Claypool welcomes Nichols back into the fold
BY MARY MITCHELL firstname.lastname@example.org November 9, 2012 7:08PM
9-19-07 St.Felicitas Catholic Church, 1526 E. 84th St., Chicago Funeral for Orlando Jones The casket of Orlando Jones is carried from the church. Amoung thoses attending the services are Gerald Nichols. [Keith Hale/Sun-Times]
Updated: December 12, 2012 6:37AM
You can look at the saga of Gerald Nichols, the late John Stroger’s patronage chief, two ways.
As they say in politics, there are no permanent enemies, just permanent interests. Or as they say on the street, you can’t keep a good man down.
Last week, Nichols quietly went to work for CTA Board President Forrest Claypool as an $85,000-a-year project consultant for the Red Line South reconstruction project.
I reached out to Nichols, but he declined to be interviewed.
But when Nichols was drummed out of county government in 2007, he was earning $114,000 annually for doing a job that most county officials pretended didn’t exist, even though they all knew Nichols’ role was to run the huge patronage army that the late elder Stroger had amassed over three terms.
This comeback is impressive for a couple of reasons.
Nichols will be reporting to Claypool, the man he helped the elder Stroger defeat despite the fact that Stroger had suffered a stroke the week before the primary.
“I reached out to him,” Claypool told me. “I have intimate knowledge of his strength and skills. Claypool also pointed out that Nichols “didn’t do anything wrong.”
“He fought very hard for his boss and worked effectively. Even as an adversary, he was a guy who had a sense of fairness. He will do a very good job on the project,” Claypool said emphatically.
Five years ago, Nichols was at the center of a firestorm that kicked off the younger Todd Stroger’s disappointing tenure as Cook County Board President.
Bowing to pressure from editorial boards that called for Nichols’ head, the younger Stroger said he would make a clean sweep by firing Nichols after he was elected. When he reneged on that promise, political writers hounded him daily.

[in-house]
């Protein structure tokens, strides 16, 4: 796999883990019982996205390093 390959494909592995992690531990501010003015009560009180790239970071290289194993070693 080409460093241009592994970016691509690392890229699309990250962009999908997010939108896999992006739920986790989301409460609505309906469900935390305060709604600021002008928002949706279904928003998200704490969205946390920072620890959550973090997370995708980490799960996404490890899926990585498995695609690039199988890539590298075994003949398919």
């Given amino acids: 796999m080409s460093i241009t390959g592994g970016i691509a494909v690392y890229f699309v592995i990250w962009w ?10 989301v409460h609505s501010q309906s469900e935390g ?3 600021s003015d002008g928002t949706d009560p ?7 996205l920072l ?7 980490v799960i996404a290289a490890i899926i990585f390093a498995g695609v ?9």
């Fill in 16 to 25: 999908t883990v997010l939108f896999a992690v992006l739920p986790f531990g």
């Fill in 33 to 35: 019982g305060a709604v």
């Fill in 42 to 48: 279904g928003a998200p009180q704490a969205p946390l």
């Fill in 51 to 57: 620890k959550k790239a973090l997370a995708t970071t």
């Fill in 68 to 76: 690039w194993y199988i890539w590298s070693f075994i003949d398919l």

After all, patronage officially fell out of favor when former Mayor Richard M. Daley’s patronage chief, Robert Sorich, was convicted of mail fraud.
The feds launched an investigation into whether Nichols’ efforts to secure jobs for the elder Stroger’s friends and political supporters crossed the line, and came up empty-handed.
Nichols was never charged with any wrongdoing, but the questions and condemnations of the patronage system made him toxic.
He was forced out of county government in 2007.
But — and here is the other reason Nichols’ comeback is impressive — with the CTA gearing up for its $425 million Red Line project in 2013, Nichols’ role as a “patronage chief” is being recast.
“We are about to embark on the most ambitious project in CTA history. We will have to provide as many opportunities for creating jobs for other minority groups as possible in the footprint of those projects,” Claypool told me. “It is imperative to make these capital projects come through.”
“[Gerald] has extraordinary skills, both in his deep understanding of Chicago’s neighborhoods and a longstanding relationship with community groups and elected officials that go back many, many years,” he said.
This is no longer an issue that can be handled haphazardly.
Ed Gardner, the 87-year-old founder of the iconic Soft Sheen Hair Products Co., recently led protests on the South Side because too few blacks are working on construction sites.
And Mayor Rahm Emanuel is making an obvious effort to ensure that African Americans on the South Side have a real shot at jobs stemming from the project.
Besides being a part of the CTA’s diversity team, Nichols will serve as a liaison to the Chicago Urban League. That civil rights organization will help monitor minority participation on the Red Line project.
“[Gerald] knows who he can trust and his experience in government is hard to duplicate,” noted U.S. Rep. Bobby L. Rush (D-Ill.), who recently hosted a two-day summit for minorities interested in securing contracts in the construction trades.
“I see Gerald as a quality guy, notwithstanding the media portrayal. It would be a real mistake and disservice to Gerald and the community and to contractors to make a decision about Gerald based on media perception.”
Frankly, I believe in second chances.
But Nichols’ reversal of fortune offers an empowering lesson for young people going into any field.
As a former political reporter put it: “Politics can get you in the door, but even your enemies have to recognize hard work.”